Cardiovascular Disease

Vitamin D does not stop heart attack or stroke

(Medical Xpress)—Taking vitamin D tablets cannot ward off heart attacks or stroke according to a new study from researchers at the University of East Anglia (UEA) published in the American Journal of Cl ...

Aug 26, 2014
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Large-scale study focuses on heavy smokers

A study based on blood samples from more than 55,000 Danes conducted by the University of Copenhagen and Copenhagen University Hospital shows a direct correlation between smoking and mortality. A special ...

Aug 25, 2014
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New technologies help people with heart disease

People taking part in cardiac rehabilitation exercise programmes are likely to maintain healthy behaviours for longer with text message and web-based support, according to recent research from the University of Auckland.

Aug 22, 2014
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Cardiovascular disease or heart disease are a class of diseases that involve the heart or blood vessels (arteries and veins). While the term technically refers to any disease that affects the cardiovascular system (as used in MeSH C14), it is usually used to refer to those related to atherosclerosis (arterial disease). These conditions usually have similar causes, mechanisms, and treatments.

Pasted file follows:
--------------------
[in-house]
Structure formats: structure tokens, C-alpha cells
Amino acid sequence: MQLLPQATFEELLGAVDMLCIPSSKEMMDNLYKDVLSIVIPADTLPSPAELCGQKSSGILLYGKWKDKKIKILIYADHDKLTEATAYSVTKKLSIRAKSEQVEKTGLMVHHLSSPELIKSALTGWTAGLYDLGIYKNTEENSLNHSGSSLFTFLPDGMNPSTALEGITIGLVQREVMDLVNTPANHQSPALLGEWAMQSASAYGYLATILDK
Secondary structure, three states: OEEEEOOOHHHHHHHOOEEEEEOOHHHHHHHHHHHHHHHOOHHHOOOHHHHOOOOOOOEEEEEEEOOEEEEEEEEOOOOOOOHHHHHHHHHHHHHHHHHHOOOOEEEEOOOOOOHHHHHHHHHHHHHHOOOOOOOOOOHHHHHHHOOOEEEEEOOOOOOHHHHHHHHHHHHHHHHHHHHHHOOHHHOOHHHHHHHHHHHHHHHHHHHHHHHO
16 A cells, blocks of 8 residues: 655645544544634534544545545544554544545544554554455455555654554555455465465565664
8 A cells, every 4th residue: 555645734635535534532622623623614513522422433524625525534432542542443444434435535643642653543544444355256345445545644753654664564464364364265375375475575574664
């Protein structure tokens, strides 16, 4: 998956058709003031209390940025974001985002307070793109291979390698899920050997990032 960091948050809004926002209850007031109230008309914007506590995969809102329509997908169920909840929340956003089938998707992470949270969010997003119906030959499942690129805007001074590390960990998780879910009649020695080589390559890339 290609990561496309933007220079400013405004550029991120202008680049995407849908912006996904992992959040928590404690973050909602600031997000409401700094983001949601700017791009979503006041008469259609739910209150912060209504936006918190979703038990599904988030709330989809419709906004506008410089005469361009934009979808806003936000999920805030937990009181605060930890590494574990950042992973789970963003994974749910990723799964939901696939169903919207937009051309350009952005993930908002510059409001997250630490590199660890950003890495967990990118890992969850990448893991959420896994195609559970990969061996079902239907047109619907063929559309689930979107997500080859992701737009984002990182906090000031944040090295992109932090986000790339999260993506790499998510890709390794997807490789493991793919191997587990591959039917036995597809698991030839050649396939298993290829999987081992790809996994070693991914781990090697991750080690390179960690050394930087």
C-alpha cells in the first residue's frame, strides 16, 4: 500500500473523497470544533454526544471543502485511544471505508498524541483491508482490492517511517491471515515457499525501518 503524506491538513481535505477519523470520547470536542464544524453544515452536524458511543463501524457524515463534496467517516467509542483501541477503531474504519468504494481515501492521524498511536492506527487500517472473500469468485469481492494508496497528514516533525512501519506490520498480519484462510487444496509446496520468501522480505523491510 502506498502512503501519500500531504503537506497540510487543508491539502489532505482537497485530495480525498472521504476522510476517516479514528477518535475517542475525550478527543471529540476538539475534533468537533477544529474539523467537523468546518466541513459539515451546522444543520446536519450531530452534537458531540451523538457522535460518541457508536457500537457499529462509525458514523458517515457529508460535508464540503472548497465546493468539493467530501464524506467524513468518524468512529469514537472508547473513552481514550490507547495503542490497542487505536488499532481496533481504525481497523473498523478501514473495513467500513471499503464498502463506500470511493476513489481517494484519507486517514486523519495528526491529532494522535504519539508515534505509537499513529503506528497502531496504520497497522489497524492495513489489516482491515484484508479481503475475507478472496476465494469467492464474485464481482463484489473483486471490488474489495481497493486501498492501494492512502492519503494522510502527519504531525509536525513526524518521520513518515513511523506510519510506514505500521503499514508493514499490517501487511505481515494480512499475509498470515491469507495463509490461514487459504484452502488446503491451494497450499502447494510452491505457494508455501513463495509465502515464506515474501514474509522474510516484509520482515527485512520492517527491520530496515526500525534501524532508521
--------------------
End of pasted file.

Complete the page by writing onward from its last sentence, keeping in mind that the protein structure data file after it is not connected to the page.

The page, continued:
Cardiovascular diseases remain the biggest cause of deaths worldwide, though over the last two decades, cardiovascular mortality rates have declined in many high-income countries but have increased at an astonishingly fast rate in low- and middle-income countries. The percentage of premature deaths from cardiovascular disease range from 4% in high-income countries to 42% in low-income countries. More than 17 million people died from cardiovascular diseases in 2008. Each year, heart disease kills more Americans than cancer. In recent years, cardiovascular risk in women has been increasing and has killed more women than breast cancer. (PDAY) showed vascular injury accumulates from adolescence, making primary prevention efforts necessary from childhood.

By the time that heart problems are detected, the underlying cause (atherosclerosis) is usually quite advanced, having progressed for decades. There is therefore increased emphasis on preventing atherosclerosis by modifying risk factors, such as healthy eating, exercise, and avoidance of smoking.

This text uses material from Wikipedia licensed under CC BY-SA

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